Jonathan van Meter
Vogue magazine published a typically gooey piece on Hillary Clinton in their March issue, typical because Vogue editor Anna Wintour has hosted two fundraisers for Hillary in this cycle, one in the Hamptons and one in Paris. Vogue writer Jonathan Van Meter interviewed only inside the Hillary bubble on this one, which included journalists like MSNBC’s Steve Kornacki and NPR’s Cokie Roberts.
On April 10, the New York Times almost singlehandedly revived the political career of disgraced Anthony Weiner with an 8,300-word profile of the former Congressman, his wife, and their baby boy Jonathan. Clay Waters at NewsBusters noted shortly thereafter that Jonathan van Meter's profile, which revealed Weiner's intention to become a candidate in New York City's mayoral race while somehow avoiding still-open questions about Weiner's "underage girl problem," had its intended effect, as the major broadcast networks fell in line to "promote his political rehabilitation."
We all know that the attempted rehabilitation failed spectacularly, because the supposed personal rehabilitation which formed its basis turned out to be completely fictional. In late July, a Times editorial called for Weiner to withdraw from the race without owning up to the role the paper had played in his attempted revival. So it figures that the Times, which identified Weiner's demise as one of 2013's "political lowlights" earlier in the day, would ignore Weiner's "Look at me" Thursday Facebook post.
When the New York Times Magazine published an 8,000-word puff piece in April about Anthony Weiner and wife Huma Abedin, the media predictably applauded with all three broadcast networks gleefully referring to the piece to assist in the sext-crazed politician's rehabilitation.
Adding insult to injury, the article's author Jonathan Van Meter - who is a contributing editor to Vogue and New York magazine - told the Washington Post's Erik Wemple Monday, "Never even occurred to me to ask" if Weiner was still sexting.
In a Tuesday evening editorial, the New York Times called for former Democratic Congressman and current New York City mayoral candidate to withdraw from the race. What the Times failed to acknowledge -- and should have -- is the critical role it has played in enabling his still-alive comeback attempt from the 2011 sexting scandal which led to his resignation.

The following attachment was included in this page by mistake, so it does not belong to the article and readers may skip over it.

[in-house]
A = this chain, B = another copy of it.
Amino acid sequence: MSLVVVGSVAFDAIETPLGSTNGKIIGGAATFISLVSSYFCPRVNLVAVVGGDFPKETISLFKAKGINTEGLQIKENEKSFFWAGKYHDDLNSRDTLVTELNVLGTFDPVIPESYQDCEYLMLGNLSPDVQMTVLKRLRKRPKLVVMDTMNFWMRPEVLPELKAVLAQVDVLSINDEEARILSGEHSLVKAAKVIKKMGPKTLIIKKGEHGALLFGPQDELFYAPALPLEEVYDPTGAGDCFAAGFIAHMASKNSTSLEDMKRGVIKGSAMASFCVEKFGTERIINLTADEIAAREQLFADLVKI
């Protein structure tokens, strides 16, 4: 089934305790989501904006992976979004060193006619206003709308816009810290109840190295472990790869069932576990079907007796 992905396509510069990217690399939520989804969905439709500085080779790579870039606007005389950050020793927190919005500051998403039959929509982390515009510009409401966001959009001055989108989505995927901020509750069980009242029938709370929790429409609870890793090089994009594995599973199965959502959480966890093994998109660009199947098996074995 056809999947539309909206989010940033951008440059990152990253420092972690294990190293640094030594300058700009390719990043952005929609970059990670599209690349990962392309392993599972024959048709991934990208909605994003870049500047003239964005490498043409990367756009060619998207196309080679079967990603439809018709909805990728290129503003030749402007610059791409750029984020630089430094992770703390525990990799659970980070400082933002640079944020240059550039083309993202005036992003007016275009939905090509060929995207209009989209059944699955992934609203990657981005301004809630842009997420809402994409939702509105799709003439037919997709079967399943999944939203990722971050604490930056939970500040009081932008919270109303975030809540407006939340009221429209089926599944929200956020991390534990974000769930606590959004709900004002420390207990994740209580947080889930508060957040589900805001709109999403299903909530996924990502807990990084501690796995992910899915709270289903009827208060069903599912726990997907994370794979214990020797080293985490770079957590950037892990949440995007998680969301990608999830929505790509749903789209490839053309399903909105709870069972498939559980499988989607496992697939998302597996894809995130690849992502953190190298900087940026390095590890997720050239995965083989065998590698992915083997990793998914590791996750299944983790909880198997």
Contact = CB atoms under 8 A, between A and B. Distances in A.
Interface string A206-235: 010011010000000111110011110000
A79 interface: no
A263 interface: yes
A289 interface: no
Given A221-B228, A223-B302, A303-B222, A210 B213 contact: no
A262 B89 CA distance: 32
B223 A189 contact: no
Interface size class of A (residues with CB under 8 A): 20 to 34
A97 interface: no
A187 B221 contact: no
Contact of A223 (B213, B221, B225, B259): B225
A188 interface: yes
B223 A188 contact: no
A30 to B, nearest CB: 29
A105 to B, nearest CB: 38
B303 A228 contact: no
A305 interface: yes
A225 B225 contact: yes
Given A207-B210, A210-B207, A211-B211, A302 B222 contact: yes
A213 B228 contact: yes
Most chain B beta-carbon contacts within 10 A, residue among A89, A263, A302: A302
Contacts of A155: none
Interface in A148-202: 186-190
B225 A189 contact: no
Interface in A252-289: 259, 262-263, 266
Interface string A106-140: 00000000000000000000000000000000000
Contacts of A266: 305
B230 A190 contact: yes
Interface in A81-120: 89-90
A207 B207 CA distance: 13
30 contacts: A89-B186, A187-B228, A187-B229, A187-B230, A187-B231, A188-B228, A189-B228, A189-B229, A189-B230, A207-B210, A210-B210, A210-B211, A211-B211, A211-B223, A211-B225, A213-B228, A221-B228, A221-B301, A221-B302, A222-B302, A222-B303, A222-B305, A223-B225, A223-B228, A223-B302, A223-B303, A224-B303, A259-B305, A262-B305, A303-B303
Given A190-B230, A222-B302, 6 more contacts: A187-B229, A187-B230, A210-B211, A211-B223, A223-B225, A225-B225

On April 10, the Times published an 8,000-plus word item by Jonathan Van Meter which appeared in its April 14 Sunday magazine. Its only conceivable purpose was to hasten Weiner's political rehabilitation. At the time, Kyle Drennen at NewsBusters noted that it was dutifully "touted" on the NBC, CBS, and ABC morning shows. It doesn't take long during a re-read of that Times piece to arrive at several bitterly ironic passages, as will be seen after the jump.
The cover story of the upcoming New York Times Sunday magazine is independent journalist Jonathan Van Meter's 8,000-word sympathetic profile-slash-therapy session for disgraced New York City former congressman Anthony Weiner, he of explicit Twitter photo infamy. Weiner's extended interview is having its intended effect, as the networks promote his political rehabilitation.
But even some liberal journalists think Van Meter left a lot out of his cover story. And conservative blogger Ace of Spades' timeline of the summer 2011 scandal suggests Van Meter is shielding Weiner by tossing details of the scandal down the media memory hole while ignoring the indispensable role played by the late Andrew Breitbart:
In a fawn-fest over Chelsea Clinton with CNN's Ashleigh Banfield on Wednesday, Vogue magazine's contributing editor Jonathan van Meter slipped in some serious love for Bill and Hillary.
"I think one of the things the Clintons will go down in history for, it may very well being the world's greatest parents. I mean, they did such an incredible job of protecting her [Chelsea] from the likes of us, basically," van Meter admitted of the press.